Princeton Election Consortium

Innovations in democracy since 2004

Outcome: Biden 306 EV (D+1.2% from toss-up), Senate 50 D (D+1.0%)
Nov 3 polls: Biden 342 EV (D+5.3%), Senate 50-55 D (D+3.9%), House control D+4.6%
Moneyball states: President AZ NE-2 NV, Senate MT ME AK, Legislatures KS TX NC

Thank you!

September 11th, 2012, 3:56pm by Sam Wang

If you look at the left…the $25,000 target on the thermometer has been exceeded, two months early. T. Roberts, a reader of this site since 2004, put us over the top. Thank you all.

Soon I may have to reset the thermometer. As indicated by the rumblings, Team Romney is now trying to avoid discussing the possibility of panic. But the sense is unmistakable on the right that the Presidency is slipping away. Indeed, Paul Ryan is starting to run television ads to keep his current House seat. And the degree to which the Senate is in play is starting to be generally appreciated.

This moment has been fairly likely for months, and the outlines of the 2012 campaign are now clear: The 2013 legislative landscape depends entirely on whether President Obama (or extremely remotely, Romney) faces a Congress of the same party. Either party could very well take one or both chambers. So it’s back to ActBlue, Crossroads GPS, the NRSC, etc.

Update, 7:54pm: Over $33k now. Very impressed.

Tags: 2012 Election · House · Senate

17 Comments so far ↓

  • Tapen Sinha

    This election is going to set the long term direction of the United States for a long time to come. Over the next four years, the US economy will get a lot better. Robert Gordon’s pessimistic assessment notwithstanding, productivity growth will resurge. Sure, there are challenges like the national debt. But, if you look around among the OECD countries, it is far better than the most. It is times like this, where small contributions can make a big difference. This is one of the rare moments I wish I still had my Green Card so that I could donate money in this election. Sam Wang is doing a stellar job. I really really hope that anybody reading this can and does help a worthy cause. At this juncture, it is far beyond a political donation. It will determine the trajectory of health, education and other critical matters for you and your children and grandchildren if you are a resident/citizen of the US. (And I join Sam in thanking T. Roberts).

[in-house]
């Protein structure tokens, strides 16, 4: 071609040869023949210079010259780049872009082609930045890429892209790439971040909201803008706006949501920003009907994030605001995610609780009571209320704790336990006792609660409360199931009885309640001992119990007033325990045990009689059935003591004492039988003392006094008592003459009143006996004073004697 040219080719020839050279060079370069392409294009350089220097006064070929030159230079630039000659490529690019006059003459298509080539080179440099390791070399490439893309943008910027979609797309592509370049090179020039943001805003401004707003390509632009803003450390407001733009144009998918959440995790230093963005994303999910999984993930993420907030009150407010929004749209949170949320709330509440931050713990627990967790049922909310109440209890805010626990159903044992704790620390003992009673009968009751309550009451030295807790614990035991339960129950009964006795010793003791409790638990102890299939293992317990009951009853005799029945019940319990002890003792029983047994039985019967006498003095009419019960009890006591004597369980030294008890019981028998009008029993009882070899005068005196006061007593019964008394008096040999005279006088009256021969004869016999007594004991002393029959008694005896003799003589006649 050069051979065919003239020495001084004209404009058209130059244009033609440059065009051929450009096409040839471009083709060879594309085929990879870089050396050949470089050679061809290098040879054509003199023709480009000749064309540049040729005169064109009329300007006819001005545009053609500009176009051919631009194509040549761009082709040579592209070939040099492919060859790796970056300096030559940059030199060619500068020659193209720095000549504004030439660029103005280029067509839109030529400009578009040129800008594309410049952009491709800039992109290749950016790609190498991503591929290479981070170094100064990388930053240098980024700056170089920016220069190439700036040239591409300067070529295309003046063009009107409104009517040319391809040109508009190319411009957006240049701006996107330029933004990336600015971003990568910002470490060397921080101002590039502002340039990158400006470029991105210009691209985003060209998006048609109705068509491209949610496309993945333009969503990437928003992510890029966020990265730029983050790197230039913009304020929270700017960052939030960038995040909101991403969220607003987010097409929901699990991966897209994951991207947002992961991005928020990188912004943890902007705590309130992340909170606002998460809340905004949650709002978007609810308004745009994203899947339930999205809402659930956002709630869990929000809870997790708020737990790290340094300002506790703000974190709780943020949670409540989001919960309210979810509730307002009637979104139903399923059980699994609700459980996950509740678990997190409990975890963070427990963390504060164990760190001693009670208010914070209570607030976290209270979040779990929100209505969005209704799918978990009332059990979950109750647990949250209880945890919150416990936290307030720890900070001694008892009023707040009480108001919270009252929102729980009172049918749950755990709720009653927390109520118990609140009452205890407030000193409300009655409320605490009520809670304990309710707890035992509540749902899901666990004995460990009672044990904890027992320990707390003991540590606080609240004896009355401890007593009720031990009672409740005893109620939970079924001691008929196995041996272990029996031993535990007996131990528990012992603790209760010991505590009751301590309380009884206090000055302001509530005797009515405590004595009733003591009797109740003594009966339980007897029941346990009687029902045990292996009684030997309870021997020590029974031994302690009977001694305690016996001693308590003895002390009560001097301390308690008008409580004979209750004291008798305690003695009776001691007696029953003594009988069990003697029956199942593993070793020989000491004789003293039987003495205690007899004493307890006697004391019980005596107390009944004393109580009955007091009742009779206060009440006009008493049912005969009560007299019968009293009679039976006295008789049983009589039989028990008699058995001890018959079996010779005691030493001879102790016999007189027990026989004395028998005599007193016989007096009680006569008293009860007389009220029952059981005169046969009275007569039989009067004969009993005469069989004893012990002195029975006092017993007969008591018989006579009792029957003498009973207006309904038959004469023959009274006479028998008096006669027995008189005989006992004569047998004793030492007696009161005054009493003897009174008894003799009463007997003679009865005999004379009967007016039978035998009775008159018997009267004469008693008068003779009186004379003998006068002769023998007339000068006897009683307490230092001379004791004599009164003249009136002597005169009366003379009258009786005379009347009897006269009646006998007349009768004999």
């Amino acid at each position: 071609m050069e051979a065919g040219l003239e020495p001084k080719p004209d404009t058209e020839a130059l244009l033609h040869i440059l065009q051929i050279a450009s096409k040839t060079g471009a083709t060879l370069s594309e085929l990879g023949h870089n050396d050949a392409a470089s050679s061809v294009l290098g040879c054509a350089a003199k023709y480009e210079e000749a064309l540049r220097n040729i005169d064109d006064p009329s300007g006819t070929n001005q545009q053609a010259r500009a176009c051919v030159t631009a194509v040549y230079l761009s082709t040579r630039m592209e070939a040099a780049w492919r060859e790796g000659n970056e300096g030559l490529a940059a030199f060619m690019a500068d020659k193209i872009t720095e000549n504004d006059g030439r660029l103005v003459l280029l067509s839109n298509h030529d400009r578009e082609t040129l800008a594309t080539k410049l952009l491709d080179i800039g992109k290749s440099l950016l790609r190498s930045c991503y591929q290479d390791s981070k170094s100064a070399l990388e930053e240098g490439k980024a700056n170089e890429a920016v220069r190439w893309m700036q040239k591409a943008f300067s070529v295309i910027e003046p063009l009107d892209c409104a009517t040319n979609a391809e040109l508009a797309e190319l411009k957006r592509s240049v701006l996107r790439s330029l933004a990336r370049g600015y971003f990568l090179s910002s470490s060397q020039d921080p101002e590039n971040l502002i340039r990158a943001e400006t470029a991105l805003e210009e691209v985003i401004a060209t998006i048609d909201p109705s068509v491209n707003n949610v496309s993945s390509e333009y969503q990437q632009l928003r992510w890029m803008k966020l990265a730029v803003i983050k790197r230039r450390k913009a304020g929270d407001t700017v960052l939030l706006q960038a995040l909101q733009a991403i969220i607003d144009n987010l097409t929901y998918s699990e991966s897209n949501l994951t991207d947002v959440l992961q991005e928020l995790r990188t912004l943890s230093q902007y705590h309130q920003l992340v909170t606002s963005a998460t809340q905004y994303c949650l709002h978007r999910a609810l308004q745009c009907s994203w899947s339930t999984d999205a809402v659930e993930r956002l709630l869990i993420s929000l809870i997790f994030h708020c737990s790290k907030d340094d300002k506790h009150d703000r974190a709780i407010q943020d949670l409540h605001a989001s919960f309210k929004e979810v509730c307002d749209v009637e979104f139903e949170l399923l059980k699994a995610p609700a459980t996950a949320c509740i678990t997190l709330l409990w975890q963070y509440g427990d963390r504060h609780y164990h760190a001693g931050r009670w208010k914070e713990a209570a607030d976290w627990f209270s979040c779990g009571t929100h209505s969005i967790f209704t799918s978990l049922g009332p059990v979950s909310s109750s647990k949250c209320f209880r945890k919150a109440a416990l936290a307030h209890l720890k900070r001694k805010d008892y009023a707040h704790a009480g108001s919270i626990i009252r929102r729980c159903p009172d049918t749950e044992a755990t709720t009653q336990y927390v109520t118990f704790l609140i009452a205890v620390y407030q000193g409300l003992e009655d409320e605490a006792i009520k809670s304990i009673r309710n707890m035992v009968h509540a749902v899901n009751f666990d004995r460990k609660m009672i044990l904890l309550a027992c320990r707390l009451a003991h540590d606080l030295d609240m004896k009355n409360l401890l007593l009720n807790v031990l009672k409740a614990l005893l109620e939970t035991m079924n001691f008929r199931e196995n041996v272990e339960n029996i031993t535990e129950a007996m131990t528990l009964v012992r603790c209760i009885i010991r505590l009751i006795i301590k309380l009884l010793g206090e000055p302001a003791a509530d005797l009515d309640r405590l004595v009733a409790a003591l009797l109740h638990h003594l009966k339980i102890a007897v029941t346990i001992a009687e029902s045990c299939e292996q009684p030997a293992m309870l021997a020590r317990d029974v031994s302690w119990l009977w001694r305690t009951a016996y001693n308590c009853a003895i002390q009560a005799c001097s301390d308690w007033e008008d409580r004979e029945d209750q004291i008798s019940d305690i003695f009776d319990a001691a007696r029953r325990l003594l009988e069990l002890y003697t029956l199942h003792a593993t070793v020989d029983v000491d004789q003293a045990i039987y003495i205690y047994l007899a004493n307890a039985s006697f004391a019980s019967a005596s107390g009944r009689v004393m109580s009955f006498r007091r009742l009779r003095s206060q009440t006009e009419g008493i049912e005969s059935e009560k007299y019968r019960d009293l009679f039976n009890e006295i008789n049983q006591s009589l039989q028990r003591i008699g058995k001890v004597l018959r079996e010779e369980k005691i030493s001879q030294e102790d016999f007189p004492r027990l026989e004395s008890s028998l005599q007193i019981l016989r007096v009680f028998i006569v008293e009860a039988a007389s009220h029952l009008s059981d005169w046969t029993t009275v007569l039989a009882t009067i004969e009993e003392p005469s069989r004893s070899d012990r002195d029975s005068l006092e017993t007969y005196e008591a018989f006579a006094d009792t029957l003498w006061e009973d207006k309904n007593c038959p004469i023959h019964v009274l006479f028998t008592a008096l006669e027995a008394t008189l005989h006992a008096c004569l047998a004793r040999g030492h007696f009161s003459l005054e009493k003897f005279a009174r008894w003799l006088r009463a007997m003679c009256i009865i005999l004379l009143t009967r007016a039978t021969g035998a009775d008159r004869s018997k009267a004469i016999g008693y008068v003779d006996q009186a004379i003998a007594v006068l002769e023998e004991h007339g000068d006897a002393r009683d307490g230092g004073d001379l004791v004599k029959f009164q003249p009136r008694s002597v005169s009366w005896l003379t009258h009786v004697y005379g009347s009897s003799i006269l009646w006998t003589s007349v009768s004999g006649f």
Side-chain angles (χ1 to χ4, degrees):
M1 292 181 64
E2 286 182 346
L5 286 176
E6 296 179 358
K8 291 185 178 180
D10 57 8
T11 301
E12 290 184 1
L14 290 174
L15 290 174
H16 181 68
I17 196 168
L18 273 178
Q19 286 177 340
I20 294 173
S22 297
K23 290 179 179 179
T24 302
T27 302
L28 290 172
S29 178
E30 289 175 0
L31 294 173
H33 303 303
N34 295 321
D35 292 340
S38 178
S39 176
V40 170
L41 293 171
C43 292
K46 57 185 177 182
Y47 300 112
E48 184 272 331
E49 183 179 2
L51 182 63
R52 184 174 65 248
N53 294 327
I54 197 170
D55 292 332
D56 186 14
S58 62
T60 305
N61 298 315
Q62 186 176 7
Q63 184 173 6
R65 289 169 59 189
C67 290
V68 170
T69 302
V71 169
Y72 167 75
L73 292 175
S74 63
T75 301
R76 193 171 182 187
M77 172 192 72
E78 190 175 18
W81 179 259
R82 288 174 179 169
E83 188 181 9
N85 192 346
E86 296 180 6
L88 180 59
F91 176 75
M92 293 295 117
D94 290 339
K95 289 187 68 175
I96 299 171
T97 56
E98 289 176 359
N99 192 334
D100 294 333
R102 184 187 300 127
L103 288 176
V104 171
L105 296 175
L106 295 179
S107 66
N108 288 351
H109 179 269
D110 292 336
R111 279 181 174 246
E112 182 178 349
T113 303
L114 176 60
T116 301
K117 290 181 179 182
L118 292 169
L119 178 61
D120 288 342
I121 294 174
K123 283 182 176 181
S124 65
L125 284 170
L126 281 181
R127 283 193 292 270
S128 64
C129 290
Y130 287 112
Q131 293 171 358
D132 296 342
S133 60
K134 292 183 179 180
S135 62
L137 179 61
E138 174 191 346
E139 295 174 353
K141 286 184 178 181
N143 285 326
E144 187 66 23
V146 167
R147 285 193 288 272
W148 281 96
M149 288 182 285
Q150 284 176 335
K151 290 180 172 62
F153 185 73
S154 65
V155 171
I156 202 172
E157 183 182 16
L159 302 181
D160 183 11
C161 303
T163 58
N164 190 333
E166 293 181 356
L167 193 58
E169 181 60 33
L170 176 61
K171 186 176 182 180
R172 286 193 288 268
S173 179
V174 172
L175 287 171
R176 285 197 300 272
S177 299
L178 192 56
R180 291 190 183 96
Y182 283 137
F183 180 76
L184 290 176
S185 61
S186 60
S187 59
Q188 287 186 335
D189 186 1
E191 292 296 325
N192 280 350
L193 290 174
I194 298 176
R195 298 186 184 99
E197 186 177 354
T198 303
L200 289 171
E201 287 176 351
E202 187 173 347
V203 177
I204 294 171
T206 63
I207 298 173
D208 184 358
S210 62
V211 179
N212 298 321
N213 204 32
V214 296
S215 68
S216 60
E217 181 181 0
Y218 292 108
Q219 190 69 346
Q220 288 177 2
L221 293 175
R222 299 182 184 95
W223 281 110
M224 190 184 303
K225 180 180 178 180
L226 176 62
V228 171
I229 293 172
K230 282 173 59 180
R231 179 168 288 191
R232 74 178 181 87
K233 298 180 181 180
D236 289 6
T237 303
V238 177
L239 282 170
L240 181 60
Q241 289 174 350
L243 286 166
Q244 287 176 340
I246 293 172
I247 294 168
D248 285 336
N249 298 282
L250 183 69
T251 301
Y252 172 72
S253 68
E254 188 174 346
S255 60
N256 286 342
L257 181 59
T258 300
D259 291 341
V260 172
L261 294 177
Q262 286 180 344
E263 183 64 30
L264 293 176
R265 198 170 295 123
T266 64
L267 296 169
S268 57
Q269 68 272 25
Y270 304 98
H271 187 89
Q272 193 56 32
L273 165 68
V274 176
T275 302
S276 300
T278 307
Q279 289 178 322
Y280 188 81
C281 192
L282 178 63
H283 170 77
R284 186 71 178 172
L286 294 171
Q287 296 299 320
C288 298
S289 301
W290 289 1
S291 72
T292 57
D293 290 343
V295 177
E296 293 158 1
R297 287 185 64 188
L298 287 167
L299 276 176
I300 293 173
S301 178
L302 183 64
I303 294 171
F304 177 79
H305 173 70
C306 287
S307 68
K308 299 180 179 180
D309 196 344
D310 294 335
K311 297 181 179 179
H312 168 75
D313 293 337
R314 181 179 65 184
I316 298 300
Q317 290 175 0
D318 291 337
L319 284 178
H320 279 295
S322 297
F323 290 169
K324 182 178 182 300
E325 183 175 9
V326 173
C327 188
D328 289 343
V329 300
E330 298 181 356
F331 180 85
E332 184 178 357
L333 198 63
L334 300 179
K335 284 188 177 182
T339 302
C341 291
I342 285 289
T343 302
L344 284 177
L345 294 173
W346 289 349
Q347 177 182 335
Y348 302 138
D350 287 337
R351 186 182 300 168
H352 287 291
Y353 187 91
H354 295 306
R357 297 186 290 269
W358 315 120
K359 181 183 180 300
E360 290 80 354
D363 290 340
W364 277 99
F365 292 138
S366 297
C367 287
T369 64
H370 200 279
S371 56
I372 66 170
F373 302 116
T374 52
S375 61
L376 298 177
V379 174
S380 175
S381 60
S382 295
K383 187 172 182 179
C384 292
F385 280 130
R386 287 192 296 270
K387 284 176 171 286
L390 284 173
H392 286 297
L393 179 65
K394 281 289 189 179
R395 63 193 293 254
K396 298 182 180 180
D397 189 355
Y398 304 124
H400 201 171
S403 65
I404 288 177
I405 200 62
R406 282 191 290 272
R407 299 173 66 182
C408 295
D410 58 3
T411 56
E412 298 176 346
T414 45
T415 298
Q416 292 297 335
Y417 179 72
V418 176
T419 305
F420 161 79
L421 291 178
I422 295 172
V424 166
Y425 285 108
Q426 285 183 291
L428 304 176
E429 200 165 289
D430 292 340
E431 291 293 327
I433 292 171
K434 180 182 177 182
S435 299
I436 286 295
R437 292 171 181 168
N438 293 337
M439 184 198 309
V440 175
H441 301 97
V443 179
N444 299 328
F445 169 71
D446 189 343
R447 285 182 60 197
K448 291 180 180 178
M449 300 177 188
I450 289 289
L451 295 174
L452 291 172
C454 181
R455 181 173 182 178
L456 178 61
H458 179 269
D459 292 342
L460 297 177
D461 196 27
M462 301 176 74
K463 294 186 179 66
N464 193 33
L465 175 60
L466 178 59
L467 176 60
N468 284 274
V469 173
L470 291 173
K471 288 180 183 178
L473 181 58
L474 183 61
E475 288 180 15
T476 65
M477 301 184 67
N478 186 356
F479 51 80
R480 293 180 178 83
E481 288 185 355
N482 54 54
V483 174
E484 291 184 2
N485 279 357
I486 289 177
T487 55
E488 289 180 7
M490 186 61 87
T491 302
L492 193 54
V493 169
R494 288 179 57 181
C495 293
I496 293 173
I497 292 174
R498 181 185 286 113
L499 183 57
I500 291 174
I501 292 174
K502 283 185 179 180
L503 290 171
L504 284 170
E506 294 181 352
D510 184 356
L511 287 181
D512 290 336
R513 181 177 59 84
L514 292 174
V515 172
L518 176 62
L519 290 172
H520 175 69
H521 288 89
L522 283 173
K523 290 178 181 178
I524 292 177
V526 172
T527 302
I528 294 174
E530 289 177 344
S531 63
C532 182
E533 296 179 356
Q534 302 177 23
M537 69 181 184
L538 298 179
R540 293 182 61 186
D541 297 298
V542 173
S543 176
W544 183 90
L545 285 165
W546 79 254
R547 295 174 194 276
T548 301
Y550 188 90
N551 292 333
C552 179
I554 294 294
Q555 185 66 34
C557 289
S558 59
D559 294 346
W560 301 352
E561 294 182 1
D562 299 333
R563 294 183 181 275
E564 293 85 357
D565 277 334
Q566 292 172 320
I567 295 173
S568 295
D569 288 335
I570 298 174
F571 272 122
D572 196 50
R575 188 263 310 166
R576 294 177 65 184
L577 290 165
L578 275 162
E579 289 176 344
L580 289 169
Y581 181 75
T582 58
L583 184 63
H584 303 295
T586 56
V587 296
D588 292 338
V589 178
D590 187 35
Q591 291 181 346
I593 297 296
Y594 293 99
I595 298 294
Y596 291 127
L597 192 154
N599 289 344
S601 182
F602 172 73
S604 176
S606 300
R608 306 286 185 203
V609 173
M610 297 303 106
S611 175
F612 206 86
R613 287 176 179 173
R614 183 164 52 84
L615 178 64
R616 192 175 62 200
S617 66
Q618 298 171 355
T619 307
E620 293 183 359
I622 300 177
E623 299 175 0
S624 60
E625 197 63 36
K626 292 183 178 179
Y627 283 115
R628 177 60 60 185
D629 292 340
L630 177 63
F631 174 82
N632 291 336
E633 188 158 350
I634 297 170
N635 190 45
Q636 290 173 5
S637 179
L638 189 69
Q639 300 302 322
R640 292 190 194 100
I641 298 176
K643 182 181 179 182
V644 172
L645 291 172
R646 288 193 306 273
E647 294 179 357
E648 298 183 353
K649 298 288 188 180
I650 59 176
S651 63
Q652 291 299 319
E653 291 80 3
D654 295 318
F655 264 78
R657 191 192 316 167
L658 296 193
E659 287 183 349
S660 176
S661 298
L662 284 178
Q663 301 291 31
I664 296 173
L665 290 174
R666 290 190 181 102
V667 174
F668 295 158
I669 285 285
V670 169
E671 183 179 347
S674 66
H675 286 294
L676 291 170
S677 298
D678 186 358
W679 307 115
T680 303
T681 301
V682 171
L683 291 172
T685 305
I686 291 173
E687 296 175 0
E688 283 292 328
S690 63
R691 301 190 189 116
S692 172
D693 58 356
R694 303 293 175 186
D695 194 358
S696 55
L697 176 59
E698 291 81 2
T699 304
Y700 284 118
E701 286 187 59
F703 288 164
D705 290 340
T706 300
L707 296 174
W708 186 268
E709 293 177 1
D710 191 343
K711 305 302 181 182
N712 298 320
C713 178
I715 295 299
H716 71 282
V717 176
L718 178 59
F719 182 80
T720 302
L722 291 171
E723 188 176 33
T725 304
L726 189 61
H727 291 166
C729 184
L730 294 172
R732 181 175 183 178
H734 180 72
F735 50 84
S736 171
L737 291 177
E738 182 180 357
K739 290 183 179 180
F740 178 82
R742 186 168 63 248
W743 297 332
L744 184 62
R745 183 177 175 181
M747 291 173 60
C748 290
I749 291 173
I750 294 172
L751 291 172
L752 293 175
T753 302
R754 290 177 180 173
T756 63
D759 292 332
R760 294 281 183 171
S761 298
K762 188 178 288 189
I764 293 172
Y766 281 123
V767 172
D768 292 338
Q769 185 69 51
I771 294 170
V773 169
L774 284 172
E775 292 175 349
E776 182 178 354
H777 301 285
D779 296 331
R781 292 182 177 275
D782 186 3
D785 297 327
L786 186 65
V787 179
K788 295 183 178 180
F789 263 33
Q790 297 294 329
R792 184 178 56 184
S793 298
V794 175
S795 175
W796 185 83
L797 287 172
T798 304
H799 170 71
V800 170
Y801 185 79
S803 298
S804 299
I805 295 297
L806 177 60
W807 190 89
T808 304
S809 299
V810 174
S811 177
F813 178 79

• Terry

    Sorry, off-topic.

    Does anyone have information on the pedigree of Gravis Marketing and who might be funding them for the state polls. Superficially, they seem to be skewed Republican and are certainly affecting the averages on RCP???

  • wufwugy

    Precisely, Tapen. If Romney wins, >50% of the country will be fooled into thinking the Obama policies that laid the groundwork for the recovery were actually because of Romney. He would be easily reelected and probably would propel a GOPer to win 2020. On the flip side, if Obama wins, the GOP will double its primaries focus on getting a “true conservative” on the ballot for 2016, which will make them more vulnerable than otherwise to lose to the Dem candidate